Mohler:   Well, I want to talk about the numbers in just a minute because that is part of the story. But you make the argument, and, quite frankly, in a way I haven’t seen anyone else make it. And that is that if you went back to the 1960’s for instance and you spoke of the America that mainline, or you call them ecumenical, Protestants on the one hand had, and then what evangelical Protestants on the other hand, the world looks a lot more like that the liberal Protestants wanted than the one that the evangelicals hoped for.

Hollinger:   I think that’s such an important point. And I’m glad that you picked up on that. If somebody else has said it I haven’t quite, but Demerath is probably the closest to saying that. And the reason the people don’t notice it more is because the symbolic capital of Christianity is now chiefly in the possession of evangelical Protestants, and there’s a lot of attention to this. It’s politically prominent. You’ve got all these Republican congressman and so forth, and Michelle Bachmann and Sarah Palin and all that stuff. And so people pay attention to that and they think that that’s where the action is. Well, a large part of the action is there, but once you get outside the Republican party, once you get outside some of the major evangelical Protestant circles, then you look at the country as a whole, well if you compared with Christianity Today with say in 1960. Then what the Christian Century would say in 1960, the Christian Century is actually more in keeping with popular views today that Christianity Today. That’s talking about the whole nations. So much depends on whether or not your frame of reference is Protestant or Christianity on the one hand, and the United States on the other. And a difficulty with many of the students of American religious history, and I suppose sociology and so forth, is that when they talk about the history of these things they only talk about what stays within the community of faith. Once you get outside the body of Christ so to speak then you have all this influence of liberal Protestants in the society as a whole. So, yeah, I think this thing about if you go back and read the kind of stuff that Carl Henry was writing in 1960 and then you look at the kind of stuff that Harold Fay and Martin Marty and these guys were writing, that in these cases we now days would find fault with it no matter what our political or religious orientation would be. We might be a little bit embarrassed by it in one way or another, but there’s no question who won the argument nationally. So that’s why it’s really important to say who controls the spiritual capital, the symbolic capital, of Christianity. Answer: the evangelicals by and large. Who controls politics and culture of the United States? The liberals by and large. I hope that makes sense to you.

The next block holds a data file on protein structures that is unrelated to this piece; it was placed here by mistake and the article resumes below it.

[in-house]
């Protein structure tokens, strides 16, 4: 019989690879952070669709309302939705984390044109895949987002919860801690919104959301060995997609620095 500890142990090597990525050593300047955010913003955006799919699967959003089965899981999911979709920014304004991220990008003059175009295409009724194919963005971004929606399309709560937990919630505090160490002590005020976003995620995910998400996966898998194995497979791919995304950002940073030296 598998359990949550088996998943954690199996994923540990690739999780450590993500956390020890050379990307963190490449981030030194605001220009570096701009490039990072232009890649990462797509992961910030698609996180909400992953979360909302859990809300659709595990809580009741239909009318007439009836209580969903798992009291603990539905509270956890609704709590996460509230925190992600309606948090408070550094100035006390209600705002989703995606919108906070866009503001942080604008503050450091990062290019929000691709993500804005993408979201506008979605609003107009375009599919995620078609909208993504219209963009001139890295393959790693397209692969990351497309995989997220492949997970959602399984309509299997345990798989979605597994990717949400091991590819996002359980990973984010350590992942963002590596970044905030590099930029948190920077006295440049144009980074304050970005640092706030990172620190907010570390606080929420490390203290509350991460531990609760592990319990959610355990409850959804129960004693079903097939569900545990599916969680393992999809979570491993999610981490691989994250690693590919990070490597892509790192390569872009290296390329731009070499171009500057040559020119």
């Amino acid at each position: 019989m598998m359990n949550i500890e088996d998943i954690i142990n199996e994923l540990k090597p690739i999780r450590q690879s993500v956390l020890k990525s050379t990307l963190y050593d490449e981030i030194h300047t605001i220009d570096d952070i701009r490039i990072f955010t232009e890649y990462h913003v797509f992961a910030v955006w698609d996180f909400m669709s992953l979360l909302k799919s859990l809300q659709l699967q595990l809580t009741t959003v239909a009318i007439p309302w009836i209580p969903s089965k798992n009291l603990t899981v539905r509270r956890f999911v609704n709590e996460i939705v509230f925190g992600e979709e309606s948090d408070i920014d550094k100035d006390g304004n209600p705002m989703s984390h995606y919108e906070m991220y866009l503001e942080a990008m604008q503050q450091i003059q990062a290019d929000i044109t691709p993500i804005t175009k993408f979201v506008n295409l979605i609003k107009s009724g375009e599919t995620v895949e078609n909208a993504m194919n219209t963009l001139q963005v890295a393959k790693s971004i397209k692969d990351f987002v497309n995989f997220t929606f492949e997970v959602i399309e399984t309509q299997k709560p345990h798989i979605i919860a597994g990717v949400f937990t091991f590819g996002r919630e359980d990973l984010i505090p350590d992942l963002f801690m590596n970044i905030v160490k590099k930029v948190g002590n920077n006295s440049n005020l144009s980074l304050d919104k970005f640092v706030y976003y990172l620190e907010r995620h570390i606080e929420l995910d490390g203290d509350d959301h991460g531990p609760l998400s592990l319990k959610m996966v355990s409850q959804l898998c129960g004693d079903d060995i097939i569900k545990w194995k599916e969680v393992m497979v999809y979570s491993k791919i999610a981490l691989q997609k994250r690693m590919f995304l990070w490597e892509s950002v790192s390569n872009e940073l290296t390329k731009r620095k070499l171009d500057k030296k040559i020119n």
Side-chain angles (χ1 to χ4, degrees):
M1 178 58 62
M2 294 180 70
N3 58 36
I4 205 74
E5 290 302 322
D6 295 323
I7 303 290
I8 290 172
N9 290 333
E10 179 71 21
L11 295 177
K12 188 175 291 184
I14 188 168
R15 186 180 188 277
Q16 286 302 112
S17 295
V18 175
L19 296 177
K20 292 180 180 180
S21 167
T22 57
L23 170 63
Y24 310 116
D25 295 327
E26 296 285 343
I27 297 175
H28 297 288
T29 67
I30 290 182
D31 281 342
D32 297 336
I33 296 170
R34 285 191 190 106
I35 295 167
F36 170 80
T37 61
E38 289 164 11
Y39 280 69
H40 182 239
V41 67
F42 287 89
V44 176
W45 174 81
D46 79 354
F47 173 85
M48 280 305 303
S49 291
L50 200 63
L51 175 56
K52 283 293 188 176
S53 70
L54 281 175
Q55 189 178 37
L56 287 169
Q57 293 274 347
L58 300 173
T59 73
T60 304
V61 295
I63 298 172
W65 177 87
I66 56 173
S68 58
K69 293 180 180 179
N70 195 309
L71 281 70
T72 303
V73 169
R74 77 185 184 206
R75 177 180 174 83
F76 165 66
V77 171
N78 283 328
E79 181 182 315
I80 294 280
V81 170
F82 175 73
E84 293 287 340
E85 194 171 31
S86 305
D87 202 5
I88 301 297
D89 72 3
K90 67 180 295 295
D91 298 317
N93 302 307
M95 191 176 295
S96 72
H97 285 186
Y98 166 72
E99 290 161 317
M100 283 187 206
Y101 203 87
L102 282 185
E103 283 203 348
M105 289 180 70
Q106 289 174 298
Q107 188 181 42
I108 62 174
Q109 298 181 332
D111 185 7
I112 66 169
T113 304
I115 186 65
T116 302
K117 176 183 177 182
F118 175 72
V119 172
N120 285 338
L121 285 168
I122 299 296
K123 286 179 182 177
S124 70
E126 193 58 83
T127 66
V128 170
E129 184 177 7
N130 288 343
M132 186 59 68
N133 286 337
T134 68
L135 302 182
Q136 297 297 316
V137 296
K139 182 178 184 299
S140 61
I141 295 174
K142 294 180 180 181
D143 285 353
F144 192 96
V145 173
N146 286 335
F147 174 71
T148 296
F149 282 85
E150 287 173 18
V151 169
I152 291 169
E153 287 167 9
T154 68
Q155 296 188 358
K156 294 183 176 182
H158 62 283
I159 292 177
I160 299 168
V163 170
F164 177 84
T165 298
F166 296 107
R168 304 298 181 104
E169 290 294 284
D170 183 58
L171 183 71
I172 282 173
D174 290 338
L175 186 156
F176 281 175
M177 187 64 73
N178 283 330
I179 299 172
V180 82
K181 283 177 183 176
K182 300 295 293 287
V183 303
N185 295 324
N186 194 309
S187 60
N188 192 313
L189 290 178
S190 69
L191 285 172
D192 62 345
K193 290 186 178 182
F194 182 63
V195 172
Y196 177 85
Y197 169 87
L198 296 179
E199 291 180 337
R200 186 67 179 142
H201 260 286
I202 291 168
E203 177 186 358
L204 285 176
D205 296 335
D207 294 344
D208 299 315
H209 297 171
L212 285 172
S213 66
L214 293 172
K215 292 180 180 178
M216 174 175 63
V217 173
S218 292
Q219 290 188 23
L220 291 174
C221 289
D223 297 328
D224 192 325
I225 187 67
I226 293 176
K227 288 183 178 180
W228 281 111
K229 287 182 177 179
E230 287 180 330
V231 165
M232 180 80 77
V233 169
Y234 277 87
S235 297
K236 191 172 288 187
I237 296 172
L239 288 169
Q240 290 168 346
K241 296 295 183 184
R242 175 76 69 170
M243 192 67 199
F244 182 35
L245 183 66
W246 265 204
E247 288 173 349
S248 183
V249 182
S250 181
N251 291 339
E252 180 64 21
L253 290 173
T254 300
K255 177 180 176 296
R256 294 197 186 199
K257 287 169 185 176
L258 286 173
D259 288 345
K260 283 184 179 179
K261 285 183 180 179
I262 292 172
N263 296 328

Mohler:   Oh, it makes so much sense. That’s what I really wanted to talk about here and focus on. And as an evangelical I have to say that I think you hit that squarely at a point of not only accuracy but of profound importance. And Carl Henry was a personal mentor to me, and I would say that the world as it is now, you’re right, is far more in line with what Martin Marty, another good friend, would want rather than Carl Henry. And Martin Marty’s been able to see it through all these decades come to pass. In your article there is a chapter in the book entitled, “The Accommodation of Protestant Christianity with the Enlightenment: And Old Drama Still Being Enacted.” I read it first when it was published in Daedalus, you use two different moves; you identify two different aspects of this accommodationism that mainline Protestantism affected. And I’d like for you to talk about those two things. And the first of them had to do with a cognitive move. And that is the very essence, I would argue as a theologian, of theological liberalism.